Your Church Needs You to Sing
October 5th, 2019
Article by Nick Aufenkamp
Pastor, Saint Paul, Minnesota
Your brothers and sisters in your local church need you. They need you to show up. They need you to be engaged. And, perhaps more than many of us realize, they need you to sing.
Congregational singing can be polarizing. For some people, singing is their favorite part of the church’s gathering. Others prefer to arrive on Sunday mornings just as the worship team is wrapping up and the sermon is about to begin. For those in the latter category, perhaps you’re highly self-conscious about your lack of ability to carry a tune, or maybe you don’t jibe with the style of music your church’s hipster music director tends to choose.
Whatever the reason, I want you to hear that your church suffers when your voice is silent.
The Bible is full of singing and songs. It wouldn’t surprise me in the least if God’s divine speech, by which he spoke the world into existence, sounded more like a song than a seminar. Adam’s first words to Eve are beautifully poetic (Genesis 2:23). The largest book in the Bible is a collection of songs. At least once, if not more often, the apostle Paul quotes or crafts what seems to be an early Christian hymn (Colossians 1:15–20). And Jesus himself sang (Matthew 26:30; Mark 14:26).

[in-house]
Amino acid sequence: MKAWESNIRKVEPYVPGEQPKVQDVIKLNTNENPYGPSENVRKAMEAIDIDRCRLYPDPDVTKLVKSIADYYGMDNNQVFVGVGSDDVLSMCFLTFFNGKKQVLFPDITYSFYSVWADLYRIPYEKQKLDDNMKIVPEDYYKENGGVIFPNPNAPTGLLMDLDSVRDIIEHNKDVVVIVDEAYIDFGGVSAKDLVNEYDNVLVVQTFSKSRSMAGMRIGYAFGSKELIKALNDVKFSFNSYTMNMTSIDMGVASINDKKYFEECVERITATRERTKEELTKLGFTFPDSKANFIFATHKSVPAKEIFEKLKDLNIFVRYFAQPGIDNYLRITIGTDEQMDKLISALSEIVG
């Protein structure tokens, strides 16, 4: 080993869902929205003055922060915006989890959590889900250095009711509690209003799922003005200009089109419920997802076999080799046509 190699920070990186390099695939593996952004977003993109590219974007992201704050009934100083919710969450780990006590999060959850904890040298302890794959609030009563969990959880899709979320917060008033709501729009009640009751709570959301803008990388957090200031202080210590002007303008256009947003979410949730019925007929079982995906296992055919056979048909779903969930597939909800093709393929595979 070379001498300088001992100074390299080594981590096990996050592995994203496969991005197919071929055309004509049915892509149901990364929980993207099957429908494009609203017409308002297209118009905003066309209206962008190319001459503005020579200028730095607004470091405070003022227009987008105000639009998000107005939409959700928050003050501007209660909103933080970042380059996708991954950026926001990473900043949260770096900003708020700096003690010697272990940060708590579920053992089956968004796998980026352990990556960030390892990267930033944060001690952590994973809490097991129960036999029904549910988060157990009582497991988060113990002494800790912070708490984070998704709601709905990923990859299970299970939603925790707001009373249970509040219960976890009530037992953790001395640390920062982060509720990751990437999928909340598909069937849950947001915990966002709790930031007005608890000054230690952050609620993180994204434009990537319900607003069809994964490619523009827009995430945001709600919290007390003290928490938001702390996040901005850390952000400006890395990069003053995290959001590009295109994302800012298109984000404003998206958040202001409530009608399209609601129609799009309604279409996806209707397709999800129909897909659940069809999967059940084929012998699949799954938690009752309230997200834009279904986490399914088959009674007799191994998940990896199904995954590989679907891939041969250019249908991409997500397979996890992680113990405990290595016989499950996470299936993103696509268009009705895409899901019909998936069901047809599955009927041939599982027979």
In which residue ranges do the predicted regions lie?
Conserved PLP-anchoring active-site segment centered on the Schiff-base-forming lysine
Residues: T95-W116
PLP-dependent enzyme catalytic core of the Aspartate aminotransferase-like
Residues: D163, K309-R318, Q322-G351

And for good reason: singing uniquely engages our heads and our hearts, our intellect and our affections. That’s basically what Paul says in Colossians 3:16, where he connects “the word of Christ dwell[ing] in you richly” with “singing psalms and hymns and spiritual songs.” Good songs take the truths hovering in our heads and sink them down for our hearts to dwell on.
“When life is falling apart, your singing becomes a forceful testimony to the faithfulness of God.”
We experience the power of singing in songs like Horatio Spafford’s famous “It Is Well with My Soul.” As we sing the third verse, we cannot help but feel the solemnity of the line, “My sin — oh, the bliss of this glorious thought — my sin not in part but the whole . . .” Yet suddenly the minors of the first half of the verse give way to the bright major chords of the second half, and we confidently declare, “. . . is nailed to the cross, and I bear it no more: praise the Lord, praise the Lord, O my soul!” And as we sing, we feel the major lift of the music raise our hearts to soar in proportion with the glory of that truth.
Sure, we could speak the lyrics, and the truth in them should still move us to worship. But the elements of rhythm and melody arrest our affections in transformative ways not typical of speech alone.